Shares of Snap, Inc. broke below their initial public offering (IPO) price, a milestone no company publicly traded likes to see.
Reuters broke the news that Snap’s shares touched an intraday low of $16.95, below the March $17 offer price. The stock price rebounded a bit to end the session at $16.99.
As has been widely reported, Snap’s IPO was among the more publicized and anticipated debuts in the markets in a while. For context, Snap stock’s recent low was off 42 percent from the high seen in the second trading day in March, at $29.44.
The impetus for the decline can be traced to a price target cut from the sell side, via Credit Suisse, where targets were trimmed to $20 from $25. The price target comes amid expectations that shares will be volatile, and a lockup that expires in July might add to that volatility, as 700 million shares are freed up to be traded, wrote the analysts.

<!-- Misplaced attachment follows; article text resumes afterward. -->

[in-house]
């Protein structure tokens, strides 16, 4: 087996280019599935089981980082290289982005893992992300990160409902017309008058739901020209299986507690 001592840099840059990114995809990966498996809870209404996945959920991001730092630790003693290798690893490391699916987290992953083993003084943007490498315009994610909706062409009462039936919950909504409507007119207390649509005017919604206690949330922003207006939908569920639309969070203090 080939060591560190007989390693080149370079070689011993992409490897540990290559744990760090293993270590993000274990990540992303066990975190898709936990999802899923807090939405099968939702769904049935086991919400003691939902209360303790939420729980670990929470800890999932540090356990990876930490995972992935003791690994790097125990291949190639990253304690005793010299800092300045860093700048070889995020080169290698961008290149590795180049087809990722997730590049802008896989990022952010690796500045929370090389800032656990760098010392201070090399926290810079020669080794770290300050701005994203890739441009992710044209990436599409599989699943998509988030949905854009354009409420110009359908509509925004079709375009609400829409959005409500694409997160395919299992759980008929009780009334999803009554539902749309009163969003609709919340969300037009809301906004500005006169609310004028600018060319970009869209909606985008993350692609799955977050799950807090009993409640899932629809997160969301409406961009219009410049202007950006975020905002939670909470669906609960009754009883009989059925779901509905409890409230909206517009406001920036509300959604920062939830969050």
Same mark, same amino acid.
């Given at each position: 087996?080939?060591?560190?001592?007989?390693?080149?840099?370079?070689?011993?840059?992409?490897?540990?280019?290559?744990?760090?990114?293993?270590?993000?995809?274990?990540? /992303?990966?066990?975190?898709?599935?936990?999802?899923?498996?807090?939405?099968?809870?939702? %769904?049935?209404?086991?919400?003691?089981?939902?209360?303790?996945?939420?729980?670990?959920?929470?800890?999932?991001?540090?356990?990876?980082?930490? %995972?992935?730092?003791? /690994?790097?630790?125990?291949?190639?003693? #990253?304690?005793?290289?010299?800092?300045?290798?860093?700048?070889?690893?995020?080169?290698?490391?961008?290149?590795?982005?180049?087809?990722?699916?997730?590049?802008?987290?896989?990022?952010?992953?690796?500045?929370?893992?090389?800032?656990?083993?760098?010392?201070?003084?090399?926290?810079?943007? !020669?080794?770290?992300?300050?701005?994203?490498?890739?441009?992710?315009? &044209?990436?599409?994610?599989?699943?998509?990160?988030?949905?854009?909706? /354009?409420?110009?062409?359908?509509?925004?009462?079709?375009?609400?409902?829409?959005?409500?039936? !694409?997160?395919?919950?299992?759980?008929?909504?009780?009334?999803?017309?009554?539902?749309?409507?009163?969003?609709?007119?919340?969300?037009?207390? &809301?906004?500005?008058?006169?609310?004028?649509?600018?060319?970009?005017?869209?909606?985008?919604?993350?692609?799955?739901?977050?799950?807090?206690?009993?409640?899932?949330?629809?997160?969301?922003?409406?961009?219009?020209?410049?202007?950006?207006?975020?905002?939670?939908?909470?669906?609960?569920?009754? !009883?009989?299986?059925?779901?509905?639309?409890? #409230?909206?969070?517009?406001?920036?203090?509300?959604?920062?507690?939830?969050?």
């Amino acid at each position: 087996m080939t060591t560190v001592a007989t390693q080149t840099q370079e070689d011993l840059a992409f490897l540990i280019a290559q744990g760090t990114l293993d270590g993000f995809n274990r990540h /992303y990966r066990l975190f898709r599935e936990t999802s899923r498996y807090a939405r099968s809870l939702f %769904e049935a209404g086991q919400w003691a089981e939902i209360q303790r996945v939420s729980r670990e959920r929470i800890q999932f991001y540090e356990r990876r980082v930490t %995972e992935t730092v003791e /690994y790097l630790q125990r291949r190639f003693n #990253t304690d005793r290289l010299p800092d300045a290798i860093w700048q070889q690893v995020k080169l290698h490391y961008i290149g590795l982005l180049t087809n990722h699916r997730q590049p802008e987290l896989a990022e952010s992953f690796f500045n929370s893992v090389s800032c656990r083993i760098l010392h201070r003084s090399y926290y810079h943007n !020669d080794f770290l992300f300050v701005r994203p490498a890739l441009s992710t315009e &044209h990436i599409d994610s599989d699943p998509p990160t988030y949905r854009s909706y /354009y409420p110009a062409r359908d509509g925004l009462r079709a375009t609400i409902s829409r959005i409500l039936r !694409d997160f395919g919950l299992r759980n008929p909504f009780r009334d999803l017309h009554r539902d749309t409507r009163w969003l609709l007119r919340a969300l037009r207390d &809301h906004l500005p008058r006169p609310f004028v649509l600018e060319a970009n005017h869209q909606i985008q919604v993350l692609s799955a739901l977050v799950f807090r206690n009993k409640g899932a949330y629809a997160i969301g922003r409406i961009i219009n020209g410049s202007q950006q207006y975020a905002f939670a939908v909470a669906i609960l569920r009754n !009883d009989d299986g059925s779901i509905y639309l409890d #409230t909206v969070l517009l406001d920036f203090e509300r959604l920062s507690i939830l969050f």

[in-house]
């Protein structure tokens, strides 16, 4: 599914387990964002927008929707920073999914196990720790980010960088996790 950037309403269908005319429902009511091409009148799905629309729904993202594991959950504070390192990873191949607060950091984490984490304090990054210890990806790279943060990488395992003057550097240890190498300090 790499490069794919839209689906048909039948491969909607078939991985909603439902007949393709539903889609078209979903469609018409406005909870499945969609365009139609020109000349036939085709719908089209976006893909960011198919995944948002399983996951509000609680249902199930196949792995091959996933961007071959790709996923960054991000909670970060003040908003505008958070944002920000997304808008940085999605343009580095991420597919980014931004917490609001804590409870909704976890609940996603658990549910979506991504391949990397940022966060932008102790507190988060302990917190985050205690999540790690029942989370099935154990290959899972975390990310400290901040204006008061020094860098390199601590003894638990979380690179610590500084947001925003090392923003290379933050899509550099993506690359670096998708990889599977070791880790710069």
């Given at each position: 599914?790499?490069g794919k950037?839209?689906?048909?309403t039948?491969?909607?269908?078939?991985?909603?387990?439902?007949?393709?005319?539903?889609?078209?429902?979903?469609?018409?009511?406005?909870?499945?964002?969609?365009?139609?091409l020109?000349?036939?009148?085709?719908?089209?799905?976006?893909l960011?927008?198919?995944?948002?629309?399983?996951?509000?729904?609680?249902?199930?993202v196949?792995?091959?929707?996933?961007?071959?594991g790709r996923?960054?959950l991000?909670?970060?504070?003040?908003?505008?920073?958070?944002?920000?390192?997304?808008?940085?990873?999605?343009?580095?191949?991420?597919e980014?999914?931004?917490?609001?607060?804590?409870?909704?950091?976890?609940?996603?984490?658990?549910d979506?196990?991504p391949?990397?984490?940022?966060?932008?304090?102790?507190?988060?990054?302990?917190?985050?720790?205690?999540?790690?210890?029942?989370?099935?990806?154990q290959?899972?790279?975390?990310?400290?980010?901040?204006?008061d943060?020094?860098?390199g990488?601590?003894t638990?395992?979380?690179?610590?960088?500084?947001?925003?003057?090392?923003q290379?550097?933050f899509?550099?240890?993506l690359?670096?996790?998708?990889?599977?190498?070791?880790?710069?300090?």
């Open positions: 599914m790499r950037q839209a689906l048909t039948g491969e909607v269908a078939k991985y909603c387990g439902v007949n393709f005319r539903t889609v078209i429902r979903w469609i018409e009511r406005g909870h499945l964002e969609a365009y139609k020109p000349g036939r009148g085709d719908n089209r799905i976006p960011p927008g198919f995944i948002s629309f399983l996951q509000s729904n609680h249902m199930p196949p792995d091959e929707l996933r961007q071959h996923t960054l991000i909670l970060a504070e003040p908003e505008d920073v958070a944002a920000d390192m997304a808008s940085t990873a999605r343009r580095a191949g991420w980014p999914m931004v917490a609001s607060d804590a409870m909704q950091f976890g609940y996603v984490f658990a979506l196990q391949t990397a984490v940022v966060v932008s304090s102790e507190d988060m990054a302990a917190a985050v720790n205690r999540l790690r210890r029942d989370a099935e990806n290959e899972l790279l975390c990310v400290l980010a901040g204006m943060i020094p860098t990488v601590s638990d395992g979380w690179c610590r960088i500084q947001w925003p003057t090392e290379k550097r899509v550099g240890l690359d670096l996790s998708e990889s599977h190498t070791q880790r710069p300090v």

More fundamentally, investors have been concerned over user growth (or slowing thereof) and the fact that Snapchat has not, and may never, be profitable. Facebook has announced that Instagram has, in the last several weeks, debuted its own face-tracking options, with a growing roster of Snapchat-like details.
Volatility has reigned since, though the social media company is not alone in having breached its IPO level, joining Alibaba Group Holding and Facebook, too. Reuters noted that Facebook has fared well in the wake of that nadir, quadrupuling off of those levels.
In an interview with Reuters, Trip Miller, who is a managing partner with Gullane Capital Partners in Tennessee, said that IPOs “have not done well if you hold them for a year or two. It could be why more and more of these companies remain private and out of the public eye. It is easier to build a company outside of the view of the public.”